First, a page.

God, Hallowed Be Thy Gender


The Church of England considers changing the language used to refer to God (Courtesy of Twitter)

Nicole Braun, Opinion Editor

Despite what Ariana Grande said, we really can’t be sure if God is a woman. While the language of the Church of England should reflect this fact, changing that gendered language  is a much more nuanced issue than it may initially seem.

Last month, officials of the Church of England announced that they were considering implementing the use of gender neutral language in how they refer to God. This is a remarkable step forward in dismantling the patriarchal language of one of society’s foremost institutions. 

While I doubt the extensive validity of the church’s claim that using gender neutral language is “nothing new,” as “Christians have recognized since ancient times that God is neither male nor female,” this announcement comes amidst more discussion and acceptance of a genderless God, as gender is an arbitrary concept enforced by societal norms. 

Many Christians have already been using gender neutral language to describe God. Yii-Jan Lin, an associate professor at Yale Divinity School, says that the way we often refer to God, with masculine pronouns, is a result of a “patriarchal society through almost all of history. And so that has just been a part of human constructions of God, which has been dominated by masculine power.”

That being said, I am skeptical if such language will ever be implemented and what kind of significance it will have as the Church of England “currently has no plans to drop the use of male pronouns for God.”

In the weeks following the Church of England’s announcement, the church’s spokesperson has been quick to clarify that “there are absolutely no plans to abolish or substantially revise currently authorized liturgies and no such changes could be made without extensive legislation.” This is an interesting clarification because… then what is the plan, if not to revise existing liturgies? Where and when exactly will the gender neutral language for God be implemented?

Take the Lord’s Prayer, for example. Even those of us who are only somewhat Christian and hardly religious know that it begins with “Our Father.” How does the church plan on adjusting that prayer to include neutral language? Should they even change this language, because in changing the pronouns and switching “Father” to “Parent” that would also change the connotation of the prayer? “The fact that God is called ‘Father’ can’t be substituted by ‘Mother’ without changing meaning, nor can it be gender-neutralized to ‘Parent’ without loss of meaning,” according to Rev. Dr Ian Paul.

I understand that this is probably one of the main questions to be deliberated by church officials, but, along with their announcement, the Church of England should have at least given some insight as to how the proposed language changes would be put into practice.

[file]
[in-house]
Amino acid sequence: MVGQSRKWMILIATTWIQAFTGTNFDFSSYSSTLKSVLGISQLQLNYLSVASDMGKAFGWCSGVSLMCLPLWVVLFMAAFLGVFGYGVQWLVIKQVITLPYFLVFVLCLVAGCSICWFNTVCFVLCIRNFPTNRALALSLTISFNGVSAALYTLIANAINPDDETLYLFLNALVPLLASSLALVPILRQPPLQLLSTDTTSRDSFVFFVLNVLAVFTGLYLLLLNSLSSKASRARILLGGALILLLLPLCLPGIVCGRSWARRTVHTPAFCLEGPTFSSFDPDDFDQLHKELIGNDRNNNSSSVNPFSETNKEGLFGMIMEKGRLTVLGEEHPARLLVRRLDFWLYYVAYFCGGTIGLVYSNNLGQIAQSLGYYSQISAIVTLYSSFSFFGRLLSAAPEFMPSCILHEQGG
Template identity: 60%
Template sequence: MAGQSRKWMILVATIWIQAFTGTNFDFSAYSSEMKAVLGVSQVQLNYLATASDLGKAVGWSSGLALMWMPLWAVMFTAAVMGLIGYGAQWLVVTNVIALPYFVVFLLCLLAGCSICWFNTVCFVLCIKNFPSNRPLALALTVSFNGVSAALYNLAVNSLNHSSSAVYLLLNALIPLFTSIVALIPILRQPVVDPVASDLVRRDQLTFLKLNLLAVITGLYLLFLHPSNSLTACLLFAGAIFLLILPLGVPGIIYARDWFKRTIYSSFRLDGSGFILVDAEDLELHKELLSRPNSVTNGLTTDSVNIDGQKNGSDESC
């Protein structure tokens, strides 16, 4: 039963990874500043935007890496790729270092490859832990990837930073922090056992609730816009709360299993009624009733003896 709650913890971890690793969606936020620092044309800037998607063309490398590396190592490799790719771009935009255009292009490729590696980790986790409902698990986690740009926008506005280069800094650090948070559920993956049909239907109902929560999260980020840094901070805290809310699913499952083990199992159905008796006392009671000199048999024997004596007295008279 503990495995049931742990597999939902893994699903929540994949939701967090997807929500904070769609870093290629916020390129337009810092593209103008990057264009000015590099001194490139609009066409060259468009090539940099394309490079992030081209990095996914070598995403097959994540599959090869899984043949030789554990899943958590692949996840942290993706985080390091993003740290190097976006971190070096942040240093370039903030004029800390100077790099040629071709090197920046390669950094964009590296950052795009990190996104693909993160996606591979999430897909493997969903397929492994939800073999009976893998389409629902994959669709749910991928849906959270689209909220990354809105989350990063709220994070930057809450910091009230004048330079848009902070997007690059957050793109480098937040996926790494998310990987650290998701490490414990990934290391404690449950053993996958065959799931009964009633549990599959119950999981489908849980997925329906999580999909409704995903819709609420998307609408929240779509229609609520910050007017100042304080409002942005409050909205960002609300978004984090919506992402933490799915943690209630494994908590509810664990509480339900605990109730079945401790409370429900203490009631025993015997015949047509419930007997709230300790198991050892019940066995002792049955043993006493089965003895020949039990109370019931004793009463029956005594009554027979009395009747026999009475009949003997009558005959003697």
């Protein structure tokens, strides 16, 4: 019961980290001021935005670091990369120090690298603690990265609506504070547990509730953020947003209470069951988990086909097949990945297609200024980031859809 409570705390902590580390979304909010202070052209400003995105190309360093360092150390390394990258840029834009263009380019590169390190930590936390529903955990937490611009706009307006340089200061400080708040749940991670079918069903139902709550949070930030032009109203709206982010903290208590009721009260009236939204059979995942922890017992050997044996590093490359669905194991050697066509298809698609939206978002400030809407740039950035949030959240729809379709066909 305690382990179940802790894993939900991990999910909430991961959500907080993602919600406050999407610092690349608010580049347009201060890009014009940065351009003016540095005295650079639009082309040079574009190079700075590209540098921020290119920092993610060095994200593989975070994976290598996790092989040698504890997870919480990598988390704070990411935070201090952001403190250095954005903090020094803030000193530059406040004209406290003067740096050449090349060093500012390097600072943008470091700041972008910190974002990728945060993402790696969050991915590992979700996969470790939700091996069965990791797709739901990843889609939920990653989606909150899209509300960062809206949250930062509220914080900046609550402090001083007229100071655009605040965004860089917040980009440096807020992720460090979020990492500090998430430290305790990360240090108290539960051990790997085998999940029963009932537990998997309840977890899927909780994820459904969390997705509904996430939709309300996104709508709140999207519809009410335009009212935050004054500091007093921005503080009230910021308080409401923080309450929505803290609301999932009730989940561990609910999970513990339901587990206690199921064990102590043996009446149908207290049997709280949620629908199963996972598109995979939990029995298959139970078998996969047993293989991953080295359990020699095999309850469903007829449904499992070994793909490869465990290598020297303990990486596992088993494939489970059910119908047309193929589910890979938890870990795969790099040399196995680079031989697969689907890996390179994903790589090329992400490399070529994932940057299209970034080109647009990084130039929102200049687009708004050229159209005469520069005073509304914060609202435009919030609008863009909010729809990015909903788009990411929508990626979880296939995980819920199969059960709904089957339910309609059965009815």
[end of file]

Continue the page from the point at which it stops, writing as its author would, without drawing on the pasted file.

Without any specifics on how exactly these changes would be implemented, and already being told not to expect any major liturgical changes, it feels as though this is merely a ploy to bolster the church’s falling attendance levels. This would not be the first time in recent years that the Church of England has done something similar — as in, implement, or float the idea of, a modern practice, and then not follow it up with any meaningful action. For example, around the time of the announcement regarding rhetorical changes, the Church of England stated that they would allow same-sex couples to be blessed in the church following their marriage ceremonies, yet they still aren’t allowed to get married in an Anglican church. Such half measure probably appeased some people who have been critical of Christianity’s historically staunchly anti-LGBTQ+ stance, but the lack of definitive acceptance and embrace of queer people makes the decision feel slightly shallow. It also causes one to question if the decision was motivated by a genuine desire to be more inclusive, and how much of it is motivated by their need to supplant a decreasing audience? Such a question can be applied to the neutral language proposal, too.

Significant or not, if these changes are ever made it is unclear when they will actually be enacted. Considering that the church has been discussing making such linguistic changes since 2014, I wouldn’t hold your breath.

At first glance, it seems as though the Church of England’s decision to consider implementing gender neutral language in reference to God is a wholly positive thing, as it reflects changing attitudes and modern understandings of religion. Yet the lack of clarity in how exactly the rhetoric will be altered exposes the hollowness of the institution and calls the sincerity of the decision into question.

Nicole Braun, FCRH ’24, is an English major from Saddle River, N.J.